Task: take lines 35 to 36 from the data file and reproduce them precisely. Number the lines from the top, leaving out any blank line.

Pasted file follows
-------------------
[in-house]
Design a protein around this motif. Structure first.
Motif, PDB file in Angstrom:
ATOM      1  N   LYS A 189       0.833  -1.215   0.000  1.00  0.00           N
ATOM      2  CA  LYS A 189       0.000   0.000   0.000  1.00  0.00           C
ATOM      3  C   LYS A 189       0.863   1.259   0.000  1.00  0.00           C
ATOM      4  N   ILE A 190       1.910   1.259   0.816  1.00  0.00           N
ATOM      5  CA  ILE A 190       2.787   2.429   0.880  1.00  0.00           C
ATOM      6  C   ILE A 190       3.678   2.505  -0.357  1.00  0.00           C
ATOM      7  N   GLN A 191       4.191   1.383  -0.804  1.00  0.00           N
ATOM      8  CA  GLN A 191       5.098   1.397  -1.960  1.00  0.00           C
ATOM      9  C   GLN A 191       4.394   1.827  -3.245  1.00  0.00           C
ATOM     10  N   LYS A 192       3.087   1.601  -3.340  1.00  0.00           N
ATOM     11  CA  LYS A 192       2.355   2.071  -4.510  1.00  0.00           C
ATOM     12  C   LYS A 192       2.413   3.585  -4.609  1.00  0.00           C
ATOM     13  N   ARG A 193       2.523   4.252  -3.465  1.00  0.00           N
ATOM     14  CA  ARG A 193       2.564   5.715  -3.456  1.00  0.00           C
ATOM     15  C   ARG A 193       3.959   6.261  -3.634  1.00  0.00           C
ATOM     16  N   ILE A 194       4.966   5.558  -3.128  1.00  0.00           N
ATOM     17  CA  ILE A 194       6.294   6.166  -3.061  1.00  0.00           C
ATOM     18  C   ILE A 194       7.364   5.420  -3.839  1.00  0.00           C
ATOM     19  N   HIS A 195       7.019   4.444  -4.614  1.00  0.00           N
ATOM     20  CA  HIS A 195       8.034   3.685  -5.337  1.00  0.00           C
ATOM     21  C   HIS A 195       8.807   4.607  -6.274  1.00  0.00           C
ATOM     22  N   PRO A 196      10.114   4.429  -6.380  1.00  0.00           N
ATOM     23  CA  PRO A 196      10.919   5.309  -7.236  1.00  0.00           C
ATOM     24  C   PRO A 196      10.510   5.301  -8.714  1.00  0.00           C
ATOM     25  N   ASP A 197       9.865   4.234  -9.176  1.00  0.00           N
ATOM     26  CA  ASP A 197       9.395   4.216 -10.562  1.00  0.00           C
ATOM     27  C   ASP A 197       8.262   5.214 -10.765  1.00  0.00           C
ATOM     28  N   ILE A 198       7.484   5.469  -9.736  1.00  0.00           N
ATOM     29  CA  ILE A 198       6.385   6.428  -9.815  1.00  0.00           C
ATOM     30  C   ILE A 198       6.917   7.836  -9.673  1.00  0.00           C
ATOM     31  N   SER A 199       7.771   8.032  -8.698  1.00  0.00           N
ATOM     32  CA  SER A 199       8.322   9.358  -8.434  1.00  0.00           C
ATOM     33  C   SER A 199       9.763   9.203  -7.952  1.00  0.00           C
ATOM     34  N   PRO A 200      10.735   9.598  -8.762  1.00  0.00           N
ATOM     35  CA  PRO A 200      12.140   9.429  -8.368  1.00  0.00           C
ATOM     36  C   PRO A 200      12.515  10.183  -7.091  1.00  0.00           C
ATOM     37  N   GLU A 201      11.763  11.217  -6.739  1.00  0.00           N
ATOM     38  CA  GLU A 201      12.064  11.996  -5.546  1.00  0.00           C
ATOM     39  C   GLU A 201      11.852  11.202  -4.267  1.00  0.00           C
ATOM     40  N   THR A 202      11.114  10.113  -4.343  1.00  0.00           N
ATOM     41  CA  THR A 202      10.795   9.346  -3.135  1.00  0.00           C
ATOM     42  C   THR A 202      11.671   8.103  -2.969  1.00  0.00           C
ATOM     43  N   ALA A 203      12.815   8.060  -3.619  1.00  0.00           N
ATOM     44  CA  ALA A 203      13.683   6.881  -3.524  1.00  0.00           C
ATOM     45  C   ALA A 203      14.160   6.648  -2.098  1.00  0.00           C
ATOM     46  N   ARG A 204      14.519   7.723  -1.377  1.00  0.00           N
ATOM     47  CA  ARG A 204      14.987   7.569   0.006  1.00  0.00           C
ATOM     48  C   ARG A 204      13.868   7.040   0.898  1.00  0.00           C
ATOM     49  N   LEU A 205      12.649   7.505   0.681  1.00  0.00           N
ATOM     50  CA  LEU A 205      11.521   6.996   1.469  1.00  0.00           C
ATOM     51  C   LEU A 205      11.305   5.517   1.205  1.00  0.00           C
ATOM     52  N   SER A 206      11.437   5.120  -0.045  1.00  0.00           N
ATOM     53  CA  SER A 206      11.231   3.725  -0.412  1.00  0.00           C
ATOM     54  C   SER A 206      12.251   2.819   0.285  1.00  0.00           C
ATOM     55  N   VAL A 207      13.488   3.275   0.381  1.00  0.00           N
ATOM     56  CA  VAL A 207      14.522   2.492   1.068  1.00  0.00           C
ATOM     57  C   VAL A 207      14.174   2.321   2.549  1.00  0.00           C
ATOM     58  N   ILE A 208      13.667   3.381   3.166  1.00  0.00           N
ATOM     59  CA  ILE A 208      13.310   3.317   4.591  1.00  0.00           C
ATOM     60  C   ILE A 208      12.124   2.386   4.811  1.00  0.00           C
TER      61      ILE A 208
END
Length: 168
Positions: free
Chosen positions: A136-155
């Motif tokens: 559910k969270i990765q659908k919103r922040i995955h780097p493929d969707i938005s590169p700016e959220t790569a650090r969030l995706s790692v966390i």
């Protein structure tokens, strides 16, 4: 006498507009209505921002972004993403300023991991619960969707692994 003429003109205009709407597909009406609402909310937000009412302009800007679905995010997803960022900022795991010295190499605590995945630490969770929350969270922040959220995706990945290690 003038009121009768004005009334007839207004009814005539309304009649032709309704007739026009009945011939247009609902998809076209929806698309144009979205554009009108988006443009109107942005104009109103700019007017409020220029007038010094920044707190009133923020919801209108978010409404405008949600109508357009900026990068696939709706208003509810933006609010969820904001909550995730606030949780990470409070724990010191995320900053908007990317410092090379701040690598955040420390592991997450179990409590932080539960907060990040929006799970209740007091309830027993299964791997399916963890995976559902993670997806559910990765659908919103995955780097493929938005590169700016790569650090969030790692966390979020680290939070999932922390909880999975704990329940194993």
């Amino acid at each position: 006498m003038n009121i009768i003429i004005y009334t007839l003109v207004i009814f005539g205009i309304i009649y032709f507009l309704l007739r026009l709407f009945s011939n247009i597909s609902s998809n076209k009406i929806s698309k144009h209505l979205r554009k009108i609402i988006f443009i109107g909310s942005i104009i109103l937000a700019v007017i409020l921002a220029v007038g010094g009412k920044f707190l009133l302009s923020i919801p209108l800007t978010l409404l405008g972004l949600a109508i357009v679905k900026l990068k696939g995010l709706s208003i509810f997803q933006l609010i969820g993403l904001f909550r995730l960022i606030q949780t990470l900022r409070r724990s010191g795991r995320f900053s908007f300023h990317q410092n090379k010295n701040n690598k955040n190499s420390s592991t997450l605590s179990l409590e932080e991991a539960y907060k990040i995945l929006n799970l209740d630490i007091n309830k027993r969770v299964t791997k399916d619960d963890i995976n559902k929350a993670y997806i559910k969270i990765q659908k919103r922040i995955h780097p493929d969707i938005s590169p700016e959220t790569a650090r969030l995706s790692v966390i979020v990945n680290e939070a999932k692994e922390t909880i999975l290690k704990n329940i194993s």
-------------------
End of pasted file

ATOM     32  CA  SER A 199       8.322   9.358  -8.434  1.00  0.00           C
ATOM     33  C   SER A 199       9.763   9.203  -7.952  1.00  0.00           C